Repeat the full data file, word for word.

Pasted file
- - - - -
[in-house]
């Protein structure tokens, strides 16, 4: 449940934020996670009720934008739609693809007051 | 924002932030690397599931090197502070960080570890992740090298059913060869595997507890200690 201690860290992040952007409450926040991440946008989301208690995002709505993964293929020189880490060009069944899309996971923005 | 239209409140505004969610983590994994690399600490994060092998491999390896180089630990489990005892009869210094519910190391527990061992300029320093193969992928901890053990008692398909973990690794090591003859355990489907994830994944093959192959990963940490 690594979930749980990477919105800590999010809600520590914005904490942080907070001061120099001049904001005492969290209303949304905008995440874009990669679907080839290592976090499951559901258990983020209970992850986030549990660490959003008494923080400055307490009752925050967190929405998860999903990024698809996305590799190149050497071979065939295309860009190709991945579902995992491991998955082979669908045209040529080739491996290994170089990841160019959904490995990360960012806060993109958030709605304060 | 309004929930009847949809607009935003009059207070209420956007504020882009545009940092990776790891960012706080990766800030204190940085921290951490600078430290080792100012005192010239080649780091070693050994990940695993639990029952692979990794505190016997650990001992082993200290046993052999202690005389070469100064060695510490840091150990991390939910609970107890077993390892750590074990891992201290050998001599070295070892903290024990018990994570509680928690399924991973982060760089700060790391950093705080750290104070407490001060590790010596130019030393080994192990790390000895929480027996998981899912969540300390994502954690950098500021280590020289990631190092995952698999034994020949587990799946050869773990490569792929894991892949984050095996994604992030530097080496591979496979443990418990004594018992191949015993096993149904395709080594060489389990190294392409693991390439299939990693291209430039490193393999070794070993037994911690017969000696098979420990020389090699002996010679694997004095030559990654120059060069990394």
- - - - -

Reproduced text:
[in-house]
């Protein structure tokens, strides 16, 4: 449940934020996670009720934008739609693809007051 | 924002932030690397599931090197502070960080570890992740090298059913060869595997507890200690 201690860290992040952007409450926040991440946008989301208690995002709505993964293929020189880490060009069944899309996971923005 | 239209409140505004969610983590994994690399600490994060092998491999390896180089630990489990005892009869210094519910190391527990061992300029320093193969992928901890053990008692398909973990690794090591003859355990489907994830994944093959192959990963940490 690594979930749980990477919105800590999010809600520590914005904490942080907070001061120099001049904001005492969290209303949304905008995440874009990669679907080839290592976090499951559901258990983020209970992850986030549990660490959003008494923080400055307490009752925050967190929405998860999903990024698809996305590799190149050497071979065939295309860009190709991945579902995992491991998955082979669908045209040529080739491996290994170089990841160019959904490995990360960012806060993109958030709605304060 | 309004929930009847949809607009935003009059207070209420956007504020882009545009940092990776790891960012706080990766800030204190940085921290951490600078430290080792100012005192010239080649780091070693050994990940695993639990029952692979990794505190016997650990001992082993200290046993052999202690005389070469100064060695510490840091150990991390939910609970107890077993390892750590074990891992201290050998001599070295070892903290024990018990994570509680928690399924991973982060760089700060790391950093705080750290104070407490001060590790010596130019030393080994192990790390000895929480027996998981899912969540300390994502954690950098500021280590020289990631190092995952698999034994020949587990799946050869773990490569792929894991892949984050095996994604992030530097080496591979496979443990418990004594018992191949015993096993149904395709080594060489389990190294392409693991390439299939990693291209430039490193393999070794070993037994911690017969000696098979420990020389090699002996010679694997004095030559990654120059060069990394």